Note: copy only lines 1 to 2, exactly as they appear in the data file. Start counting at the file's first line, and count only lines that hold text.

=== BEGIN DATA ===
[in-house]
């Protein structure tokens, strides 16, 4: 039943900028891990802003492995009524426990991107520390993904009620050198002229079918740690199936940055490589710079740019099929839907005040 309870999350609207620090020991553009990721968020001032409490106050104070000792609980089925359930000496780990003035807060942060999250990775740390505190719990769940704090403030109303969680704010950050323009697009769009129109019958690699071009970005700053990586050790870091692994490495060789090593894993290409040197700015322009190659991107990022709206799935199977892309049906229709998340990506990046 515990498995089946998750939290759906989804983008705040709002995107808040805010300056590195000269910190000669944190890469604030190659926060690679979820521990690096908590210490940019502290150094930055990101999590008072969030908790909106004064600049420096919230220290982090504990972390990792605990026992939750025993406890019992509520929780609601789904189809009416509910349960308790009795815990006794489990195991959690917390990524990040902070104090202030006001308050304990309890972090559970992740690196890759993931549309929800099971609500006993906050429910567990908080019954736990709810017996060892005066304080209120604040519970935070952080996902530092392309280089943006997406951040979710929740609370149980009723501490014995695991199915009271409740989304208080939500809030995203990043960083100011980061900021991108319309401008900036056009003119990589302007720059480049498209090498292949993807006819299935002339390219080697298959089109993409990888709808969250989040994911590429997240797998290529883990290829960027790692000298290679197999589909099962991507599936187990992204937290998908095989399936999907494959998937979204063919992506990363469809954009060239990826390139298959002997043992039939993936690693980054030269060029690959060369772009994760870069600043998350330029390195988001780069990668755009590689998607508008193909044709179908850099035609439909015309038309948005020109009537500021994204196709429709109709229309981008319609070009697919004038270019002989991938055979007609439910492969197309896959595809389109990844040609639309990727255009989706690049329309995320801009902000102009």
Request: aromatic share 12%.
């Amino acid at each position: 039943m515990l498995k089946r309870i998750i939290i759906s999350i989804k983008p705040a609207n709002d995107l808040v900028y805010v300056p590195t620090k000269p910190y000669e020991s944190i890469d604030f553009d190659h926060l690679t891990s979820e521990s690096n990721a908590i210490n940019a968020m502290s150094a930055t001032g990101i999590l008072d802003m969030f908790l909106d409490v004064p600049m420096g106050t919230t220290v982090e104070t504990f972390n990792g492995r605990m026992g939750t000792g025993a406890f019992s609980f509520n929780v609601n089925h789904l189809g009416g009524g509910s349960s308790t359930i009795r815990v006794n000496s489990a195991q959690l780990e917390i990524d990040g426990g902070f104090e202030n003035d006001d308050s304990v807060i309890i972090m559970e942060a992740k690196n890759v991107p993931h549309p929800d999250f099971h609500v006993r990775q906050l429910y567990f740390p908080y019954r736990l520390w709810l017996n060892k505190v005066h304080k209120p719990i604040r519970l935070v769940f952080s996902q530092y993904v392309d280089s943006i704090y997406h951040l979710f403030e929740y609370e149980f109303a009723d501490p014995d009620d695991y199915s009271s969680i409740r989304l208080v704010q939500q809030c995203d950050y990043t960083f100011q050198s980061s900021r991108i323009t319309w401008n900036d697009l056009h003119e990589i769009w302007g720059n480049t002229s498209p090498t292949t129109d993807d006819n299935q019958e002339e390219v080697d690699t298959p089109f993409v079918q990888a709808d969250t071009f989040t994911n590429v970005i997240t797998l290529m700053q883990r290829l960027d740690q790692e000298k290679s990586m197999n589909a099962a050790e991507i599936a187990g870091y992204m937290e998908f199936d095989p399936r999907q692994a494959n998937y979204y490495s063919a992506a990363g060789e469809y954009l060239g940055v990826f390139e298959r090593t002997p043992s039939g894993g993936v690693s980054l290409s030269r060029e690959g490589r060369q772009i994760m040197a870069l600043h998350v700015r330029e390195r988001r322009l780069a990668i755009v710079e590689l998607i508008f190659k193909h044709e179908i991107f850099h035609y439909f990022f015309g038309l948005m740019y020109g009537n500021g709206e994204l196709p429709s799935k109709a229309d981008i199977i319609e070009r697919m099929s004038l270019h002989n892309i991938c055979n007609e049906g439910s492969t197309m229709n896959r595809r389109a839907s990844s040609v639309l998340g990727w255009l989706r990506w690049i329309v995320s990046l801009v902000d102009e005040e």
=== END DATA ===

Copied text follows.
[in-house]
């Protein structure tokens, strides 16, 4: 039943900028891990802003492995009524426990991107520390993904009620050198002229079918740690199936940055490589710079740019099929839907005040 309870999350609207620090020991553009990721968020001032409490106050104070000792609980089925359930000496780990003035807060942060999250990775740390505190719990769940704090403030109303969680704010950050323009697009769009129109019958690699071009970005700053990586050790870091692994490495060789090593894993290409040197700015322009190659991107990022709206799935199977892309049906229709998340990506990046 515990498995089946998750939290759906989804983008705040709002995107808040805010300056590195000269910190000669944190890469604030190659926060690679979820521990690096908590210490940019502290150094930055990101999590008072969030908790909106004064600049420096919230220290982090504990972390990792605990026992939750025993406890019992509520929780609601789904189809009416509910349960308790009795815990006794489990195991959690917390990524990040902070104090202030006001308050304990309890972090559970992740690196890759993931549309929800099971609500006993906050429910567990908080019954736990709810017996060892005066304080209120604040519970935070952080996902530092392309280089943006997406951040979710929740609370149980009723501490014995695991199915009271409740989304208080939500809030995203990043960083100011980061900021991108319309401008900036056009003119990589302007720059480049498209090498292949993807006819299935002339390219080697298959089109993409990888709808969250989040994911590429997240797998290529883990290829960027790692000298290679197999589909099962991507599936187990992204937290998908095989399936999907494959998937979204063919992506990363469809954009060239990826390139298959002997043992039939993936690693980054030269060029690959060369772009994760870069600043998350330029390195988001780069990668755009590689998607508008193909044709179908850099035609439909015309038309948005020109009537500021994204196709429709109709229309981008319609070009697919004038270019002989991938055979007609439910492969197309896959595809389109990844040609639309990727255009989706690049329309995320801009902000102009």